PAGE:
So. Sometimes, you’re plugging along with your life. You’re good. Things are … fine. Not exceptional, not really anything to write home about (but sometimes you do, just so people won’t worry too much about what you’re up to), but okay. You reason that life? Is sometimes highs, sometimes lows, and sometimes just this stretch of bland, level road. It’s okay with you, because you’ve had the lows – the really low ones, the Death Valley lows, and you think that some time spent on level ground? Might be just what you need.
So you set the cruise control and you coast.
On occasion, something will show up on the landscape – not an oasis, but a rest area, where you can stop, stretch, refuel. There will be a friend there, sometimes a group of them, and you get some respite from the trip. Because, you realize, you’re starting to get a little bored. The road has been so straight and dull, the landscape so bland. You don’t even have to steer – it’s all straight lines and grey skies on the horizon.
But again. You’ve been through the scarier terrains, and this? This is better than that. So you keep getting in the car and going. You just keep going. That’s what people do, you reason. And who are you to complain?
After a few months – years even – of this? You don’t even notice you’re bored anymore. The grey leeches out of the sky and into everything. The road. The land. Your skin. You catch yourself regarding colours with suspicion, because they’re not safe. You don’t recognize them anymore.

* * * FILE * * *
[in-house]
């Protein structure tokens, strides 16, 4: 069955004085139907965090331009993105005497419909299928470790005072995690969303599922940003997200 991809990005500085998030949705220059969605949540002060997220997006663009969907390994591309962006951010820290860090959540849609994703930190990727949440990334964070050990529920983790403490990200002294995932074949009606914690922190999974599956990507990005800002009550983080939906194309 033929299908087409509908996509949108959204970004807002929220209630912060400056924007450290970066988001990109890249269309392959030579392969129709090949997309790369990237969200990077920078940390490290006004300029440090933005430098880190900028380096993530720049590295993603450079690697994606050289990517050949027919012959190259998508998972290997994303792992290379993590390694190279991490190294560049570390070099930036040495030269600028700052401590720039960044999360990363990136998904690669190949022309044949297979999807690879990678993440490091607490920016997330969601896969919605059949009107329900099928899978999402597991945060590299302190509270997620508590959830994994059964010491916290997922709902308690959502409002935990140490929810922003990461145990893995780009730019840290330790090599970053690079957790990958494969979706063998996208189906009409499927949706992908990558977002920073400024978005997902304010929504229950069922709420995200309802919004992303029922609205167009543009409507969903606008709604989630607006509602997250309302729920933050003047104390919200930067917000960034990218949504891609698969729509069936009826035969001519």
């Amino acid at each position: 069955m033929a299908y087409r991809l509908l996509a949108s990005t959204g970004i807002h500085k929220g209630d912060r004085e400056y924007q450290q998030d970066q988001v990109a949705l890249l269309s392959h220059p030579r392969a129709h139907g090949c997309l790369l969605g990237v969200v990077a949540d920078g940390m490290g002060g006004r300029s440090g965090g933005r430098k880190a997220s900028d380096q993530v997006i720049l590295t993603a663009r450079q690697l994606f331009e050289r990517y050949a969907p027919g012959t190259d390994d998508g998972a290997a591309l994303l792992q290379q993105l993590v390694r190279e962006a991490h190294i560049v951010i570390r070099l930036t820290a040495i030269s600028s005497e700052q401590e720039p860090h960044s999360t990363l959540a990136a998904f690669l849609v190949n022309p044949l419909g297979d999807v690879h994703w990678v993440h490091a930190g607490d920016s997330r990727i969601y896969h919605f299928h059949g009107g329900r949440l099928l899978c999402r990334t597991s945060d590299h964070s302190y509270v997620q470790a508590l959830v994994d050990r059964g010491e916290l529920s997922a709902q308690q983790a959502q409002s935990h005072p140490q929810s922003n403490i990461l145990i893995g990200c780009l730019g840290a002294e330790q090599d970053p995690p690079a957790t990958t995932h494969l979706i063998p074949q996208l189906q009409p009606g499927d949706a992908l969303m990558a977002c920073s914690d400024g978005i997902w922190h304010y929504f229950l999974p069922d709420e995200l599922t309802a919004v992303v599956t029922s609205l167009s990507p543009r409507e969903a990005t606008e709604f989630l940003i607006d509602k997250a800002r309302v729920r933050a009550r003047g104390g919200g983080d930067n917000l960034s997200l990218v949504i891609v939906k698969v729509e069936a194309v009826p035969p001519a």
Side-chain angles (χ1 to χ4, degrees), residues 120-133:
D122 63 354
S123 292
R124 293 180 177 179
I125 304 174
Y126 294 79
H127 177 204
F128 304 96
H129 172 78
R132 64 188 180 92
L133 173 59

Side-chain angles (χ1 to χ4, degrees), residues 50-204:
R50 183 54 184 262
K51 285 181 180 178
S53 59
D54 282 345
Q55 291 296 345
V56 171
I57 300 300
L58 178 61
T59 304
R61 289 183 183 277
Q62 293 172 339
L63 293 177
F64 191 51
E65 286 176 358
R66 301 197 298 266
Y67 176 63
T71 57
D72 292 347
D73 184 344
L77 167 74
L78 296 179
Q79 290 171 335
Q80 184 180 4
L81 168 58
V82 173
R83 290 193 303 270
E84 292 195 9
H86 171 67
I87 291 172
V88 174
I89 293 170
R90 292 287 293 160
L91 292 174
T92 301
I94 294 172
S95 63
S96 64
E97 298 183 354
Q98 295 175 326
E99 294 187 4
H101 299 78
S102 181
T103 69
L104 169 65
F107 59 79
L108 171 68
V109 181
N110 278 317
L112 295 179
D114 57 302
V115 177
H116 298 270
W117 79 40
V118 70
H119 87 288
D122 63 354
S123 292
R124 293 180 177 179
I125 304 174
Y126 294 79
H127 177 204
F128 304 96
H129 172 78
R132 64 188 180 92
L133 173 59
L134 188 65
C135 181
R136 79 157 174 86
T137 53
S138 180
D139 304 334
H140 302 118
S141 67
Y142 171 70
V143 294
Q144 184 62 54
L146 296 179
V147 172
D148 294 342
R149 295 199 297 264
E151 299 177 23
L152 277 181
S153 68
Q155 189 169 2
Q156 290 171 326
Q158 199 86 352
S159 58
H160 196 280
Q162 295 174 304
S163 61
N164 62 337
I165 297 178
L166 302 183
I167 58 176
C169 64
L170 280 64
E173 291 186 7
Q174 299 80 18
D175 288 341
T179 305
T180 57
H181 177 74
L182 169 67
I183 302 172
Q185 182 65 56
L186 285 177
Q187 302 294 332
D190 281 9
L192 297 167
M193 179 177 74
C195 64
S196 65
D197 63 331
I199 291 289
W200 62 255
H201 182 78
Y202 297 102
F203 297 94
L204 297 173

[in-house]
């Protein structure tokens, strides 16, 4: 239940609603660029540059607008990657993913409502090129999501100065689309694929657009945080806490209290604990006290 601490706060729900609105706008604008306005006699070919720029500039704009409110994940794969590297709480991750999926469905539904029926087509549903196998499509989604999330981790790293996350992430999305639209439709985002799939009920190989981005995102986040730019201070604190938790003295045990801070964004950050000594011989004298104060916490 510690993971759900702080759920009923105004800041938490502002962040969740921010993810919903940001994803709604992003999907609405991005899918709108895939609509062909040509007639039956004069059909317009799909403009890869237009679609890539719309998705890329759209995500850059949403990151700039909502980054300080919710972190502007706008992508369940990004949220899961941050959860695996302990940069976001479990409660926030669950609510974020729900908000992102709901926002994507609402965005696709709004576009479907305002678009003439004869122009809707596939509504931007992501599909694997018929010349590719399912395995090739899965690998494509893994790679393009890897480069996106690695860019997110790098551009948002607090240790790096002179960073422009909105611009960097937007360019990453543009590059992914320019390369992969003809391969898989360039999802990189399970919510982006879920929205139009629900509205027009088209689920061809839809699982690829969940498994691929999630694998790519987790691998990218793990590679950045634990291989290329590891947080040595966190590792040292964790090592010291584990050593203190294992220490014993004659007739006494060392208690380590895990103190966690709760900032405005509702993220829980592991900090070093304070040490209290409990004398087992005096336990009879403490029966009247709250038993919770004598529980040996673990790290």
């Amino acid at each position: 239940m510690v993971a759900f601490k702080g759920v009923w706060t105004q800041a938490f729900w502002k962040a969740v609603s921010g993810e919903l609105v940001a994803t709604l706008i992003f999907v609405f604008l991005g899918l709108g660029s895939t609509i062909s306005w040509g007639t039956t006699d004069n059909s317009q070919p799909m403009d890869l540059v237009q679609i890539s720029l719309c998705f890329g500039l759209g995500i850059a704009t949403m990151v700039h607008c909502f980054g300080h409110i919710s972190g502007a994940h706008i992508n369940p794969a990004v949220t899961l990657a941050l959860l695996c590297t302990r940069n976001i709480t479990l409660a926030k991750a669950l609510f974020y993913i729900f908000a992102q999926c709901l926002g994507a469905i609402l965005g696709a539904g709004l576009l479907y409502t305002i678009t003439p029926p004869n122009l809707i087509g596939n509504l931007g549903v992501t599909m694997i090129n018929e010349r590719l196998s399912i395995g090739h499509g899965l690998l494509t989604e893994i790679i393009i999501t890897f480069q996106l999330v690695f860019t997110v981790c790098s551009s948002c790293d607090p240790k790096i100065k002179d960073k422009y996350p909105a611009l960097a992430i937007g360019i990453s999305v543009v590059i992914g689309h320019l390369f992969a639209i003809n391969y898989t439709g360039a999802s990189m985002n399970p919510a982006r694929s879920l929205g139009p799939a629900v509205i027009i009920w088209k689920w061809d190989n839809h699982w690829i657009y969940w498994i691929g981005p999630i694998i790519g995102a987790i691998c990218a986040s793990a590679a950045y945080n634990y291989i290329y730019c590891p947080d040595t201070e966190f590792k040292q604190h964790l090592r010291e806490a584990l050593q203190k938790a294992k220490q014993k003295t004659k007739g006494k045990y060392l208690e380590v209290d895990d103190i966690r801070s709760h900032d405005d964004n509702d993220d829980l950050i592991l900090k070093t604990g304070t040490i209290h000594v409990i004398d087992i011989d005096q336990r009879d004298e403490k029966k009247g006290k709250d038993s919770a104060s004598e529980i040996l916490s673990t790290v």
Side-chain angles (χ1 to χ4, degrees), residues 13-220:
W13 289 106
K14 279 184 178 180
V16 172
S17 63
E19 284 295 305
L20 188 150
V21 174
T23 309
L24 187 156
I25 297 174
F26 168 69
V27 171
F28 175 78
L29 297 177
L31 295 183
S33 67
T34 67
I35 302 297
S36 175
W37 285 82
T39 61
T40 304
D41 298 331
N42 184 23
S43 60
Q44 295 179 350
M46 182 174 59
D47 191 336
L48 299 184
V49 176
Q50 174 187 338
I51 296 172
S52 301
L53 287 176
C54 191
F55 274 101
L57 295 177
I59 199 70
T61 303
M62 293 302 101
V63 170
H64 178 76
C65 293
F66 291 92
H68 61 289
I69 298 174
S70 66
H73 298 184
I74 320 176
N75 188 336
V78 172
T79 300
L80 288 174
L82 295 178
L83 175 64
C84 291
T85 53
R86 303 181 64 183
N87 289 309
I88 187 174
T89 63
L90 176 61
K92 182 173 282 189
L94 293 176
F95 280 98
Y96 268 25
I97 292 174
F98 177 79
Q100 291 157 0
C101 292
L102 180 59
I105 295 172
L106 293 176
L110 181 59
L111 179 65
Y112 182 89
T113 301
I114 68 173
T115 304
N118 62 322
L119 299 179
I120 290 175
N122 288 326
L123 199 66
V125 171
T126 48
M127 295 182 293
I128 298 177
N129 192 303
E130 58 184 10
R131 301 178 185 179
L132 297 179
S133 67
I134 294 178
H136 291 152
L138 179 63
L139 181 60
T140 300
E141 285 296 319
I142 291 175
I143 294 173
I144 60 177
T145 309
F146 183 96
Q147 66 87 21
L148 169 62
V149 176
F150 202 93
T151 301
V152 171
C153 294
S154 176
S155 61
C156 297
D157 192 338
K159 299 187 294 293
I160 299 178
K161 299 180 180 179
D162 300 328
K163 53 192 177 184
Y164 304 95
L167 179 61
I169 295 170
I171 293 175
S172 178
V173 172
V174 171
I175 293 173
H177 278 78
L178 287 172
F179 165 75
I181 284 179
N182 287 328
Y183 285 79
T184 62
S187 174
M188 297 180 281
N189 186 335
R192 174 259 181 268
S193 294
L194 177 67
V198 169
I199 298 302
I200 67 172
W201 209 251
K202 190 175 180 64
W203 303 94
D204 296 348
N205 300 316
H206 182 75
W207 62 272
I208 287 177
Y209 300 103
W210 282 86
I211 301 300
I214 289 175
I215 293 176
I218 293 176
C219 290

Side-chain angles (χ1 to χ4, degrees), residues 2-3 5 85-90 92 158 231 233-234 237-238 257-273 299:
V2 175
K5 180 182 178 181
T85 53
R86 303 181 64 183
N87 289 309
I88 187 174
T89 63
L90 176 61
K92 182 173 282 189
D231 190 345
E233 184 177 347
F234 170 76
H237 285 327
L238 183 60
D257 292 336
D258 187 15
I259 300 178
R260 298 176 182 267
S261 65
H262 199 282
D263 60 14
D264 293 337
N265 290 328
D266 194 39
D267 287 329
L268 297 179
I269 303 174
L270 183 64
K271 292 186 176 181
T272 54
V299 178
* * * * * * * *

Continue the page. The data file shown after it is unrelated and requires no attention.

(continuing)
When you pull over at one of those rest stops? You need to be pulled out of the safety of your car.
Until a day when someone not only pulls you out of the car, but steers you around the rest stop to a place where there’s a door. A door that is familiar – you’ve seen it every time you stopped, but you never considered opening it – and that is not grey.
Your companion points to the door. “Open it.”
You don’t know if you want to. You don’t know if you can anymore. “Where does it go?”
“Everywhere,” says your companion, and takes your hand and puts it on the doorknob, and then lets go. You have to make a choice.
You open the door.
On the other side is a mishmash of paths. They go in all directions, everywhere. The world is a wash of colours, shapes, and vegetation.
There is possibility everywhere you look.
You smile. You laugh. You actually clap your hands together with glee. You look at your companion.
“Yes,” is the answer. “But you have to go on foot. No more coasting.”
So you go. You turn around once, and your companion, grinning, makes a shoo motion towards you. "GO."
You keep going. Sometimes, things are not fine. Sometimes, you get tangled up and have to back up and find yourself places you didn’t necessarily expect to go.
But you’re not bored. You’re alive.
You’re alive and present and it’s glorious. Which is, after all, so much better than fine.